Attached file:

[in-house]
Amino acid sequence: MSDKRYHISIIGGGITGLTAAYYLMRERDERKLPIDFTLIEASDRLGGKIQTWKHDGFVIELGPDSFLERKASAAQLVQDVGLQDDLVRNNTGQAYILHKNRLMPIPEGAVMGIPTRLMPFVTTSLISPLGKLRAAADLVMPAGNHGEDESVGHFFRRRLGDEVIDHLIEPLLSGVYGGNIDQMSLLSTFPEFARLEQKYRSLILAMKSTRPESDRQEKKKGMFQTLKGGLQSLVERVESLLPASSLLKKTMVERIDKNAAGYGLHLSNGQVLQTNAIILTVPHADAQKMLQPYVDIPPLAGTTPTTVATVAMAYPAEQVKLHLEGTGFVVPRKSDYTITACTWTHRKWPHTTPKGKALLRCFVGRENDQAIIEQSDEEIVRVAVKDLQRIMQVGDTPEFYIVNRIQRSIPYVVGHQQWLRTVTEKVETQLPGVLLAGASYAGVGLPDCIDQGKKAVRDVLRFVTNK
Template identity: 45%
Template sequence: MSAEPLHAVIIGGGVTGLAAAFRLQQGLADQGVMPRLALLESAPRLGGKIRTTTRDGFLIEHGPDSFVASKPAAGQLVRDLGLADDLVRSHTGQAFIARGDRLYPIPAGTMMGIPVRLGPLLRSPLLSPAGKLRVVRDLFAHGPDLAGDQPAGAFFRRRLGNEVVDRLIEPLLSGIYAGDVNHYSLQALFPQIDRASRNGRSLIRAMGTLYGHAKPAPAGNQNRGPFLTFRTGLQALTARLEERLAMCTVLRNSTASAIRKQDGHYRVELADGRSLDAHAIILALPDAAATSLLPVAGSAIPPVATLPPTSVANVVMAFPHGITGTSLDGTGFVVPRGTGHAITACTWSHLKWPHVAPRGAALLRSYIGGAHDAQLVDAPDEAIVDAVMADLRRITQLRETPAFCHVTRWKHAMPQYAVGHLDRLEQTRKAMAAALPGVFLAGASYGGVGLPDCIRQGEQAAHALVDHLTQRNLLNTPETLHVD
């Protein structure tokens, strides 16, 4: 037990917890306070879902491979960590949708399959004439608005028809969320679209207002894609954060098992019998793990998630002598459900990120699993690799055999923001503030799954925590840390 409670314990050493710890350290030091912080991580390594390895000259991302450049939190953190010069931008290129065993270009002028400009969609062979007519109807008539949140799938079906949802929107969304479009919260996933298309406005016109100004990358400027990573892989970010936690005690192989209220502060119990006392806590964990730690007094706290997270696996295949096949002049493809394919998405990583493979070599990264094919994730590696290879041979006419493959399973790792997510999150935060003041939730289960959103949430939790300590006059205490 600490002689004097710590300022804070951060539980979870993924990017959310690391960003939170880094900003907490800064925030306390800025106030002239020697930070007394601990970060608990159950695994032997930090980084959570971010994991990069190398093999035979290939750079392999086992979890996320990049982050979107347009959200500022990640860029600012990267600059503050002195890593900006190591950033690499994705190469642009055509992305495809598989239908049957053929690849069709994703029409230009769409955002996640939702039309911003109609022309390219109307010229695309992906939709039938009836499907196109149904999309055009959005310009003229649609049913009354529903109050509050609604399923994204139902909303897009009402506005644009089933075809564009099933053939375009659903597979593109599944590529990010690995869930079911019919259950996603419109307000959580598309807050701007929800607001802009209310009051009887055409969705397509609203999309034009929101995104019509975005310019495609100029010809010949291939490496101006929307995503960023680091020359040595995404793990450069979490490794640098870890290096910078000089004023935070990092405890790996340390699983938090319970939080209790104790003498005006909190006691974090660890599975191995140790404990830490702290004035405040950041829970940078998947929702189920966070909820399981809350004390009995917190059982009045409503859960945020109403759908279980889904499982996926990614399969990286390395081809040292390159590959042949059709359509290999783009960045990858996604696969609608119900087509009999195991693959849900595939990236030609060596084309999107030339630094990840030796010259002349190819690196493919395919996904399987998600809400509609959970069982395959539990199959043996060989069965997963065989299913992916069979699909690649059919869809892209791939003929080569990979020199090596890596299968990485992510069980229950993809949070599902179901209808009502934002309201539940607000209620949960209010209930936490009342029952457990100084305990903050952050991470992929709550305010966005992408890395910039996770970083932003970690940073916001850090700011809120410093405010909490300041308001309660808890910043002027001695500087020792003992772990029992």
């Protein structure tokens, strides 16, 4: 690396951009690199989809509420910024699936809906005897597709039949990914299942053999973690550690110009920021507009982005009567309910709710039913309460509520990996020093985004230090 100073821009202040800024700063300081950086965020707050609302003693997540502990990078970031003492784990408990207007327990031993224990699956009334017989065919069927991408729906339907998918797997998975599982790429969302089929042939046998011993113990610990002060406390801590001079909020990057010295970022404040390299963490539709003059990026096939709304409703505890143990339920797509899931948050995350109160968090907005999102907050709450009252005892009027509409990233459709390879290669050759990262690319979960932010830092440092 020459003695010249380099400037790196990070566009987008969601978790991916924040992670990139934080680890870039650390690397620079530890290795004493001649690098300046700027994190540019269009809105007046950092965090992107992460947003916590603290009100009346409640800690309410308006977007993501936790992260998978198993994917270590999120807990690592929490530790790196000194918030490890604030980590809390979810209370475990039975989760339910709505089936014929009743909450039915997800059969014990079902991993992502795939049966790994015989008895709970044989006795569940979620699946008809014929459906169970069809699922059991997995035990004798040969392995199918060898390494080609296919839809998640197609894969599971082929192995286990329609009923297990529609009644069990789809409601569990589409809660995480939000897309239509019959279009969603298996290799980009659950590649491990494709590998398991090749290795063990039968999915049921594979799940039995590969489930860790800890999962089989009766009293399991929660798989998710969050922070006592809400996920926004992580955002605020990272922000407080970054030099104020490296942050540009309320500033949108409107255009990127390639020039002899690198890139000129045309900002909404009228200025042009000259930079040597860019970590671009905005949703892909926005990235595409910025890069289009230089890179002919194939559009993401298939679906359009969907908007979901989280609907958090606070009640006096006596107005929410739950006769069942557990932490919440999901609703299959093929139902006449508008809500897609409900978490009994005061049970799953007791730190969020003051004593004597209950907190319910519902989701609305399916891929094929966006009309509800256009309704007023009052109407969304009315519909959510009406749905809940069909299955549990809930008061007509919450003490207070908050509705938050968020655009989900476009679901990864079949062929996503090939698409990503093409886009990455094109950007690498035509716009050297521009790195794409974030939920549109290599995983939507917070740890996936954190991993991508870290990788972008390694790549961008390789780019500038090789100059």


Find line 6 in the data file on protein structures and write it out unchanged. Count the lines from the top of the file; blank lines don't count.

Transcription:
């Protein structure tokens, strides 16, 4: 690396951009690199989809509420910024699936809906005897597709039949990914299942053999973690550690110009920021507009982005009567309910709710039913309460509520990996020093985004230090 100073821009202040800024700063300081950086965020707050609302003693997540502990990078970031003492784990408990207007327990031993224990699956009334017989065919069927991408729906339907998918797997998975599982790429969302089929042939046998011993113990610990002060406390801590001079909020990057010295970022404040390299963490539709003059990026096939709304409703505890143990339920797509899931948050995350109160968090907005999102907050709450009252005892009027509409990233459709390879290669050759990262690319979960932010830092440092 020459003695010249380099400037790196990070566009987008969601978790991916924040992670990139934080680890870039650390690397620079530890290795004493001649690098300046700027994190540019269009809105007046950092965090992107992460947003916590603290009100009346409640800690309410308006977007993501936790992260998978198993994917270590999120807990690592929490530790790196000194918030490890604030980590809390979810209370475990039975989760339910709505089936014929009743909450039915997800059969014990079902991993992502795939049966790994015989008895709970044989006795569940979620699946008809014929459906169970069809699922059991997995035990004798040969392995199918060898390494080609296919839809998640197609894969599971082929192995286990329609009923297990529609009644069990789809409601569990589409809660995480939000897309239509019959279009969603298996290799980009659950590649491990494709590998398991090749290795063990039968999915049921594979799940039995590969489930860790800890999962089989009766009293399991929660798989998710969050922070006592809400996920926004992580955002605020990272922000407080970054030099104020490296942050540009309320500033949108409107255009990127390639020039002899690198890139000129045309900002909404009228200025042009000259930079040597860019970590671009905005949703892909926005990235595409910025890069289009230089890179002919194939559009993401298939679906359009969907908007979901989280609907958090606070009640006096006596107005929410739950006769069942557990932490919440999901609703299959093929139902006449508008809500897609409900978490009994005061049970799953007791730190969020003051004593004597209950907190319910519902989701609305399916891929094929966006009309509800256009309704007023009052109407969304009315519909959510009406749905809940069909299955549990809930008061007509919450003490207070908050509705938050968020655009989900476009679901990864079949062929996503090939698409990503093409886009990455094109950007690498035509716009050297521009790195794409974030939920549109290599995983939507917070740890996936954190991993991508870290990788972008390694790549961008390789780019500038090789100059």